I think that half-up hair can look nice and acceptably professional, especially with a nice barrette (I know finding a strong enough one to hold thick hair can be a challenge!) rather than a ponytail binder. A good haircut makes all of the difference, too–the shape and style a good haircut provides makes it look like you put effort into your hair and care about your appearance. In my opinion, that matters most!

      1. Editor*

        A friend of mine has long hair and it was not behaving well — it was brittle and sometimes also frizzy. Reducing the amount of product, changing shampoo to something milder, and using filtered water improved her hair an astounding amount. She is a frequent houseguest and got a filter for the guest room shower that she and my long-haired daughter both say has made a big difference.

        She learned about all this in online forums that cater to women with long hair. There are also a lot of craftspeople who make devices to put hair up — hair forks, hair sticks, hairbands, pretty open knot or net devices that hold a braid or wound-up hair with a stick through the knot or net, and more (so the hair can go up without elastics and the subsequent damage). She found out about the “hair toys” on the forums and buys and trades on Etsy mostly, from what I can tell.

        Google the words long hair forum to find various places and do some research, but be prepared to see heads of hair that are astoundingly thick and long. If you’re insecure about your hair, all the pictures can be discouraging.

    4. Camellia*

      The Toni Twist is a lifesaver for me! There are great hair “pieces” out there now, with multi-color strands and without that weird shine, that my hairdresser couldn’t tell was not my ‘real’ hair. I too have naturally curly hair which I prefer to wear long. But I can have an instant up-do by putting my hair in a pony tail and leaving the ends in on the last twist, the putting the Toni Twist around the ‘bun’.

  13. Camellia*

    Also, I use Wen exclusively on my hair. Curly hair is dry hair and this has made a world of difference! I even take it to my hairdresser who works in an Aveda salon. They tell me they have several people that come in and bring their Wen with them.

  14. Manda*

    I’ve been wondering about #1 as well, although my main issue is start time. I’m hesitant about even applying at some places if the commute is long. I could handle, say, an hour bus ride if the job doesn’t start until 9, or maybe 8:30. I’d be willing to start earlier with a shorter commute. But if I have to be out the door by 6:30 everyday, I just know I’ll end up miserable. How far I’m willing to go and how early will probably depend on how good the job is though. I would hate to get an offer somewhere that’s going to be long ride, only to find out that I’d have to start earlier than I’m prepared to. I’d rather know before that point, but I wouldn’t want to ask about that too early and risk sounding lazy.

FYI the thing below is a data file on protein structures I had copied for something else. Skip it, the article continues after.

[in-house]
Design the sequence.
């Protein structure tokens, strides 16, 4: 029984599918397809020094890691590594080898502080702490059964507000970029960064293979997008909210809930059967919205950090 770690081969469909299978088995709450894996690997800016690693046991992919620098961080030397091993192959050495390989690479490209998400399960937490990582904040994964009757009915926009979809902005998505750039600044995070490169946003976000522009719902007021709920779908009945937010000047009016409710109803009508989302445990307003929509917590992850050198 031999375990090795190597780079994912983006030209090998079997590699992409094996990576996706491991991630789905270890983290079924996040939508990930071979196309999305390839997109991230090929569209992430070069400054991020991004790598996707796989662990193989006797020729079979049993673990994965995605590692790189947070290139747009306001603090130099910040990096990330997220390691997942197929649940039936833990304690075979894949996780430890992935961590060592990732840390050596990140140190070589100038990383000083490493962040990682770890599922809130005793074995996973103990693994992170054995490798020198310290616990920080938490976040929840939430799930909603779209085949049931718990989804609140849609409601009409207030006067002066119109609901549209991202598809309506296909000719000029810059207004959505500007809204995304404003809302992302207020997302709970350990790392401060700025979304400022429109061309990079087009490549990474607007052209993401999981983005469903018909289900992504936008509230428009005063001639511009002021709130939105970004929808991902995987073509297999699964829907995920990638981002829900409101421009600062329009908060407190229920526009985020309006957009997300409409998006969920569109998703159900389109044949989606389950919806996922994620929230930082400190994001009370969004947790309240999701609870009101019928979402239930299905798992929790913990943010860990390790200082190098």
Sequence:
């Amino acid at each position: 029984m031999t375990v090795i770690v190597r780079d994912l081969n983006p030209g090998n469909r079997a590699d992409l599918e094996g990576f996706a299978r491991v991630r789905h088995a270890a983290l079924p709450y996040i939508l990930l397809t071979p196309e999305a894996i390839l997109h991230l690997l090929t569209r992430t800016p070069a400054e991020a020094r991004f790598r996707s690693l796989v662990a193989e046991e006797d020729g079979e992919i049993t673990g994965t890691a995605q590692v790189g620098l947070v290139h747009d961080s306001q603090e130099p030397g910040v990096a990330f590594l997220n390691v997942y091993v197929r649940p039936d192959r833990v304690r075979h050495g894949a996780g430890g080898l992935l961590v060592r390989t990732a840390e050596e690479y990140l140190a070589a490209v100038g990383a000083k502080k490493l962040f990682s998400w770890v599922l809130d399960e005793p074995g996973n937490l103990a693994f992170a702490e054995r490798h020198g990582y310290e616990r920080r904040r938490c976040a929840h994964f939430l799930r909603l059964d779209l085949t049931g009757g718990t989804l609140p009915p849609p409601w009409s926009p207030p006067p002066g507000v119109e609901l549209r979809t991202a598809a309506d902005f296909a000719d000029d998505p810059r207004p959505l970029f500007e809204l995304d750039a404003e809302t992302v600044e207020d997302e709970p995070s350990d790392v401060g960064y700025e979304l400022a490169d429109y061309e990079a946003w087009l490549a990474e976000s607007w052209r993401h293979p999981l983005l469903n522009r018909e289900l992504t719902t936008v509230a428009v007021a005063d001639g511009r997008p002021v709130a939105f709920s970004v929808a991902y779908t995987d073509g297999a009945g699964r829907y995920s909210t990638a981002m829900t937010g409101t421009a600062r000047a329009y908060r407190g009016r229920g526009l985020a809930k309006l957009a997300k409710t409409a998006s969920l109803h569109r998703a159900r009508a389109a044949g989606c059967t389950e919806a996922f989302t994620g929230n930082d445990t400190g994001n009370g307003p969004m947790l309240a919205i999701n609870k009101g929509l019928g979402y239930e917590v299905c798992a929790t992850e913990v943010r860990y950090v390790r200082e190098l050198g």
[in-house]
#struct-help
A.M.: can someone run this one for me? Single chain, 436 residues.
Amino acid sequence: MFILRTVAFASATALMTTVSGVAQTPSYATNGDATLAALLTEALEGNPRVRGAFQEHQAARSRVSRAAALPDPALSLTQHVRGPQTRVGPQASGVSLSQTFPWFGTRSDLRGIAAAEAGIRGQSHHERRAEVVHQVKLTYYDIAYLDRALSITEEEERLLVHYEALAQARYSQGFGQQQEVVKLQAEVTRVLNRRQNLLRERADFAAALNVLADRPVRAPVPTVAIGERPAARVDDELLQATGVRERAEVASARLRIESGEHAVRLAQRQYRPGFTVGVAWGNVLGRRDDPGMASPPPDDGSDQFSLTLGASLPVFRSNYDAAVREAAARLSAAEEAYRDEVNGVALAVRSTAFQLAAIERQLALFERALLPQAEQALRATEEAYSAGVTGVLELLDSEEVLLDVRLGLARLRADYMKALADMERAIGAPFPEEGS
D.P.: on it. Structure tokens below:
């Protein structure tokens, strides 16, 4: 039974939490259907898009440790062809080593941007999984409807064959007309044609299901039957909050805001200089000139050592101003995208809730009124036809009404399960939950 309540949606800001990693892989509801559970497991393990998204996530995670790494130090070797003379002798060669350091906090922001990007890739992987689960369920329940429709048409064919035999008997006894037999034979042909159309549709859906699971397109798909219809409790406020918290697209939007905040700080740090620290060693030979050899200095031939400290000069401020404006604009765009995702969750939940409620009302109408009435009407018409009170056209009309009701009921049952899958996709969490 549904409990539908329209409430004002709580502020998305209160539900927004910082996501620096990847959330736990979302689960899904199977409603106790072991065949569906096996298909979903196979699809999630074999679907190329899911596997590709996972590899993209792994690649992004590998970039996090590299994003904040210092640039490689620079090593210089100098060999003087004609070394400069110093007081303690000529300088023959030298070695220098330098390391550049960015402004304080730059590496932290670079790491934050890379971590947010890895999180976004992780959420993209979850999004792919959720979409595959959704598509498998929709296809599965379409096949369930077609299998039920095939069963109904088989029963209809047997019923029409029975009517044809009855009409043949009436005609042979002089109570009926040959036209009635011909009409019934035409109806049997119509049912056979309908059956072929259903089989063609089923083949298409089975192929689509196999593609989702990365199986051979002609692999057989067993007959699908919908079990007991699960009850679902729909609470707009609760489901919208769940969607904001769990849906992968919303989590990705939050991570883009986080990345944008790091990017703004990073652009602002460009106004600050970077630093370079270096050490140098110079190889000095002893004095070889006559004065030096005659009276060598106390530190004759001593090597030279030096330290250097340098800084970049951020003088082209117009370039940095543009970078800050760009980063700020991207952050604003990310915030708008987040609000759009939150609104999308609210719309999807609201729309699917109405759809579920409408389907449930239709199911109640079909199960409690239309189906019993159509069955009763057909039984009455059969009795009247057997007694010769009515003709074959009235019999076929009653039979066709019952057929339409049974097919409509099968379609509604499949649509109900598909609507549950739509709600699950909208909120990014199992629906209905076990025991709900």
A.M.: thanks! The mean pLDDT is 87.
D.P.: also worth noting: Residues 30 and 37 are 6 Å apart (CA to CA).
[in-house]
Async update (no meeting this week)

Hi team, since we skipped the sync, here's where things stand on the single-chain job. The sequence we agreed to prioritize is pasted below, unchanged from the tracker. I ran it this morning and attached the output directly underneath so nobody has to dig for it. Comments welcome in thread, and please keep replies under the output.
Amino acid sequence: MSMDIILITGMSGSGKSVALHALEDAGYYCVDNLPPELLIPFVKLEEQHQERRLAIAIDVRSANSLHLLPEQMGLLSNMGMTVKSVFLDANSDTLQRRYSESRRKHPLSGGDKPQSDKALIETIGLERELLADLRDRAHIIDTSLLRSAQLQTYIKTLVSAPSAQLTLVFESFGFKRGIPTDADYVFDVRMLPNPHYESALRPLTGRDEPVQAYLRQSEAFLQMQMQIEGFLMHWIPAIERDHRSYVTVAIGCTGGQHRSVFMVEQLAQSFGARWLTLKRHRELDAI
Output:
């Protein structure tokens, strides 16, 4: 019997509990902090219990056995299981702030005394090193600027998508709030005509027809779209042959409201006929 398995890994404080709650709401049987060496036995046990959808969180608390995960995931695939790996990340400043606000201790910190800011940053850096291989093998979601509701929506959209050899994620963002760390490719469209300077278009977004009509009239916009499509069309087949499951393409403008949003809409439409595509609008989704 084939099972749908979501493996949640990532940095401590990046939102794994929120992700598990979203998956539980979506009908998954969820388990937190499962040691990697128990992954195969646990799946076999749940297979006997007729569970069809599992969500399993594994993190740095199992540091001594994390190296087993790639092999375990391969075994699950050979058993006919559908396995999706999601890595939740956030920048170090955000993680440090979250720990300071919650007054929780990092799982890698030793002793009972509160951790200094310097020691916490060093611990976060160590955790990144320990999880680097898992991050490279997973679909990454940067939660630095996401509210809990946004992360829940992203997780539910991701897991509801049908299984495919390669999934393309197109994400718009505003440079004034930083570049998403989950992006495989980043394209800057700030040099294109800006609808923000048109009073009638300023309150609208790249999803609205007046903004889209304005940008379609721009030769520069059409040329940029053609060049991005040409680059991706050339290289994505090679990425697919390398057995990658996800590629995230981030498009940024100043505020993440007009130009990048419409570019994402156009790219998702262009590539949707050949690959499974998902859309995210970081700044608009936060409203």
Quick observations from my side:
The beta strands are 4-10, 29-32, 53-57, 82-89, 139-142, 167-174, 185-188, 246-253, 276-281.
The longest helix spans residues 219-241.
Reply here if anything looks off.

15. Ann Onymous*

    Regarding #1: I wonder if there is any way I could have known something about my employer’s hours before I accepted my current job. I work in a college library. Normally we are open 7 days a week, except for a few times a year (breaks, for e.g.) when we’re closed on the weekend. I normally work at least one weekend day. The library has a charming policy of making me work an extra day the week following a closed weekend. For e.g., if I ordinarily work Tuesday through Saturday, and am off on Sunday and Monday, and we’re closed that Saturday, then the following week, I have to work Tuesday through Saturday again, then come in on that Monday to “make up for” the day we were closed. My boss suggested I use my vacation days so that I can get a full weekend during those occasions. I’m finding I’m using *almost all* my vacation days so that I can have a full, two-day weekend (and I might add that my boss once gave me crap about splitting up weekends; he said it was “so important to have two days off in a row”…yeah, when it suits his purposes. I digress.)

    Do you think the college should have told me about these odd weeks before I accepted the job? I feel like they sprung them on me after I had accepted. And I’m getting tired of ending up w/almost no vacation thanks to their policy.

    Thanks. Interested in everyone’s opinion.

    1. Another Anonymous*

      You should try this question on the open thread today or send it as a separate question directly to Alison.

      1. Manda*

        The open thread might be smarter. I remember her saying somewhere that she doesn’t like to use letters that have come up in the comments.

        @Ann Onymous – Do your colleagues get the same crappy schedules? Maybe ask them if they were told ahead of time or if they found out later.

Comments are closed.